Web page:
‘Call to arms’ is the battlefield for the conflict for power and legitimacy between different ideologies, with language playing a vital role. Nowadays, the most recent examples are the speeches of various political figures on the War on Terror, due to the rising threat of terrorism worldwide. Analysing ‘call to arms’, the War on Terror, in different genres has received considerable academic interests in the last decade. However, most of these academic endeavours present themselves to understand the dynamics of such discursive constructs and strategies used either by western, American in particular or European discourse producers.
It is against this backdrop that this thesis investigates the American and Iraqi ‘call to arms’ discourse instantiated in highly formalised institutional genre. The study presents a critical analysis of how persuasion has been produced and discursively realised in two different socio-political discourses. The study examines four specific speeches: two by American Presidents, namely, George W Bush and Barack Obama, and the remaining two were delivered by two Iraqi Prime Ministers, Nouri Al-Maliki and Haider Al-Abadi.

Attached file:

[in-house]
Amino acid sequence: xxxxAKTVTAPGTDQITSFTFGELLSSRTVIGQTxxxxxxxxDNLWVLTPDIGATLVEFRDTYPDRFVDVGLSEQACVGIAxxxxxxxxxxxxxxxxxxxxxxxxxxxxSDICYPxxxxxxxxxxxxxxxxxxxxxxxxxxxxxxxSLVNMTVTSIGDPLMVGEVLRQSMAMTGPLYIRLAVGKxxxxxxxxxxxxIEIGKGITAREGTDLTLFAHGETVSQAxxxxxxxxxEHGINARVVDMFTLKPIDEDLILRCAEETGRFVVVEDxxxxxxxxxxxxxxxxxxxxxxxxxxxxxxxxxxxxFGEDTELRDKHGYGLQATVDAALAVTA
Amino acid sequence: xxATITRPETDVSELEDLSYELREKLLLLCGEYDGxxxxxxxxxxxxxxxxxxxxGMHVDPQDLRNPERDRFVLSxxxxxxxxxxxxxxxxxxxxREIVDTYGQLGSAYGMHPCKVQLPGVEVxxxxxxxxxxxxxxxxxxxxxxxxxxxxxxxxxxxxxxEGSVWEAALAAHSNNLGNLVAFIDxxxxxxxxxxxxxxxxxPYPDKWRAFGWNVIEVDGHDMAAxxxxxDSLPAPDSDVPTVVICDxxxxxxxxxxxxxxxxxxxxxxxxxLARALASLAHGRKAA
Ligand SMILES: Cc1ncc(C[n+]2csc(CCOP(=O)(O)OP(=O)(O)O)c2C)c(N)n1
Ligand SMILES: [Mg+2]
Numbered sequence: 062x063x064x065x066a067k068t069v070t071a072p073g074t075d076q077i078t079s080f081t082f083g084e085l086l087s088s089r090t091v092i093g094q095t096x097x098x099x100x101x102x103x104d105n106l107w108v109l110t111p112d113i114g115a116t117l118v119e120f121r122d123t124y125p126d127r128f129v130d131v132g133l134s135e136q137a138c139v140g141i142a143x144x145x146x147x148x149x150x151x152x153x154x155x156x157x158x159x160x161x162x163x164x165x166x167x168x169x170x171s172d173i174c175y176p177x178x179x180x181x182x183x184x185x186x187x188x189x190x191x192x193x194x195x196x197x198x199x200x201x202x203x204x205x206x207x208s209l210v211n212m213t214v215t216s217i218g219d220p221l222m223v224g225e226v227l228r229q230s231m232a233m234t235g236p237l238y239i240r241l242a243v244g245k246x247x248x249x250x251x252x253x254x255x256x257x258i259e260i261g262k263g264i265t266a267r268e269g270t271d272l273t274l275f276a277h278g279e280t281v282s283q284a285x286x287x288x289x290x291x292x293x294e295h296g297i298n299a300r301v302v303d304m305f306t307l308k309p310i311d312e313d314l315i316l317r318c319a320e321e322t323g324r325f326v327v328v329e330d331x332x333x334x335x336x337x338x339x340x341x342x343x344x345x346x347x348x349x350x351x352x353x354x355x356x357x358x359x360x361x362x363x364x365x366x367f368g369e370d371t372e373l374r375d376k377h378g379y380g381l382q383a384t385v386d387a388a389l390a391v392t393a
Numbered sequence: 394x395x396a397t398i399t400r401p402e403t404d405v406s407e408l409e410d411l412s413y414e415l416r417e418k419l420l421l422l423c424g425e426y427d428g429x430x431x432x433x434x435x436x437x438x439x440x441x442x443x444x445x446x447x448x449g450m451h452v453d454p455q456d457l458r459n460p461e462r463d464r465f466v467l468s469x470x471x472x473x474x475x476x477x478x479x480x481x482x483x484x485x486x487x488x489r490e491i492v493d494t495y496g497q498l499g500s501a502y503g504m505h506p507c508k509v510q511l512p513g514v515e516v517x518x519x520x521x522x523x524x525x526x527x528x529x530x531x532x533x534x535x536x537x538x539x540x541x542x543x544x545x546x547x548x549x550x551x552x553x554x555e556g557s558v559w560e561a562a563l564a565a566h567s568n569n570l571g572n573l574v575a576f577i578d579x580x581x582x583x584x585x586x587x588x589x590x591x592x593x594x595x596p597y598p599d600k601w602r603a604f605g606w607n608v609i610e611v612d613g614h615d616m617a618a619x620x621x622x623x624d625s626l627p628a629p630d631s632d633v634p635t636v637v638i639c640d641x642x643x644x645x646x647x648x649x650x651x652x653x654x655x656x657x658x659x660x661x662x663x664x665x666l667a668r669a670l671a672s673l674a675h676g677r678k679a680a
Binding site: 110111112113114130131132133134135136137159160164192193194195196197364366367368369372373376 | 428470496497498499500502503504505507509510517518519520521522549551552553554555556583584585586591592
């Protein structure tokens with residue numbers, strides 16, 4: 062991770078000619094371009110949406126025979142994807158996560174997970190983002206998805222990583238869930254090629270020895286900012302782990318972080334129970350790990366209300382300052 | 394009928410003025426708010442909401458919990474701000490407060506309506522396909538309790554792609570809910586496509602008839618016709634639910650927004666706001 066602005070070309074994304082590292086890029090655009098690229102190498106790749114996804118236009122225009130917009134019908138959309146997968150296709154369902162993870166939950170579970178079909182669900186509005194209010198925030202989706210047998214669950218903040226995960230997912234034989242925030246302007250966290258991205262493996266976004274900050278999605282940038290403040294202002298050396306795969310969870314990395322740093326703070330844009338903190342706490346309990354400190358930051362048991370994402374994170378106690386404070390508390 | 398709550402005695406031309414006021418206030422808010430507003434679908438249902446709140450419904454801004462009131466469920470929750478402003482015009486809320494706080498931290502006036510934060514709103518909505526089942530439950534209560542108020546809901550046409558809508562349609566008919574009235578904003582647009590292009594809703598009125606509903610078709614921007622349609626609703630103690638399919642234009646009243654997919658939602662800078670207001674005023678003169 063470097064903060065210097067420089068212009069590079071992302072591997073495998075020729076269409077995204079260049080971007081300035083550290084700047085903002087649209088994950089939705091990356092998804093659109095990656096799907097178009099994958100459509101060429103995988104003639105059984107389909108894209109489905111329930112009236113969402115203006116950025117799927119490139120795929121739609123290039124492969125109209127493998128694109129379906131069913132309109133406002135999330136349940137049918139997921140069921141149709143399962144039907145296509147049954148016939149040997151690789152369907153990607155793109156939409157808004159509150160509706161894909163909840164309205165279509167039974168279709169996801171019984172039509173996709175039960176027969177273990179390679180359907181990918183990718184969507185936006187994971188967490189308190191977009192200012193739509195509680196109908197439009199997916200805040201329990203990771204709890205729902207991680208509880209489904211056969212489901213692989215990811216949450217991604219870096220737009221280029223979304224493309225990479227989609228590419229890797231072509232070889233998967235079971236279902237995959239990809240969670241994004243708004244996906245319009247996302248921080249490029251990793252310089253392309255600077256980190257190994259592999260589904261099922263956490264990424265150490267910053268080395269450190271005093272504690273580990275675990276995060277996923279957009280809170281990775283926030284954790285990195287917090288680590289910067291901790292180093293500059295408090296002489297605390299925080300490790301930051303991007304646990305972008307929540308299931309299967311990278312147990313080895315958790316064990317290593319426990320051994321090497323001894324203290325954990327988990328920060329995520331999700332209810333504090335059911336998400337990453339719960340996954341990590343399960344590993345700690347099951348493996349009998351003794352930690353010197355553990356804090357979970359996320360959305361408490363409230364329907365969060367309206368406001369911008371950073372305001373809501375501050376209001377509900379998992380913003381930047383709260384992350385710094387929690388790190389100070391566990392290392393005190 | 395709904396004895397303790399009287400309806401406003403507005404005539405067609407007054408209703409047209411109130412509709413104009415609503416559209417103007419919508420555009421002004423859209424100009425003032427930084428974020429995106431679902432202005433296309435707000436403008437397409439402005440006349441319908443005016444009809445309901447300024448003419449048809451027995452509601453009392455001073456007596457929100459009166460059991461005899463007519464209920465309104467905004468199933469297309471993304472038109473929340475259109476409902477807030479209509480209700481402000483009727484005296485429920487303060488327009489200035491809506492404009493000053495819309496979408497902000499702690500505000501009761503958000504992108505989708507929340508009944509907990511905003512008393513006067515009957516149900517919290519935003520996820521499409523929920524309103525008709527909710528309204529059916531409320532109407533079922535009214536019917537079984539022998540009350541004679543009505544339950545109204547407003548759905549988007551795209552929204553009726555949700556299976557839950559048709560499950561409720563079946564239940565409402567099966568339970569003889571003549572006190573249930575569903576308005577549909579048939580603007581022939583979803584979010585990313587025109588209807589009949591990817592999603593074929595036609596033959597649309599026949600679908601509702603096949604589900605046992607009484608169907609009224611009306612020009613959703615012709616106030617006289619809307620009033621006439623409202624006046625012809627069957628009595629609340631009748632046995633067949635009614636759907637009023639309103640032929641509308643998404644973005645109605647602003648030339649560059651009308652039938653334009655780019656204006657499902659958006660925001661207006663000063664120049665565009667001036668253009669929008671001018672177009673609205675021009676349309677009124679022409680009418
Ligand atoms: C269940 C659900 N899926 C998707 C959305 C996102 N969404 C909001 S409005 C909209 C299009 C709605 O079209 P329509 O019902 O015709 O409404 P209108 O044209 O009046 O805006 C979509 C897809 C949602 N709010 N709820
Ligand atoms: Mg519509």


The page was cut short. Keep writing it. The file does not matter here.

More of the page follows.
The thesis incorporates some of the widely applied CDA (Critical Discourse Analysis) analytical categories used in the DHA (Discourse-Historical Approach), including referential, predicational, perspectivization, argumentative strategies (Topoi) and the strategies of intensification and mitigation (Resigil & Wodak, 2001), and legitimation studies from Van Leeuwen (2007) and Reyes (2011), along with some elements from the socio-semantic approach of van Leeuwen on the representation of social actors (van Leeuwen, 1996).
The thesis emphasises specific linguistic ways in which language represents an instrument of control and a manifestation of symbolic power in discourse of war. It first develops an analytical approach that derives from Critical Discourse Analysis (CDA) and legitimisation studies to account for how ‘call to arms’ can be produced and discursively realised in situ. This particular work expands, and further proposes, some key discursive constructs and strategies of persuasion political figures employ in the discourse of going to war.
The analysis of the data demonstrates that the American ‘call to arms’ rhetoric is not dissimilar to the Iraqi ‘call to arms’ rhetoric.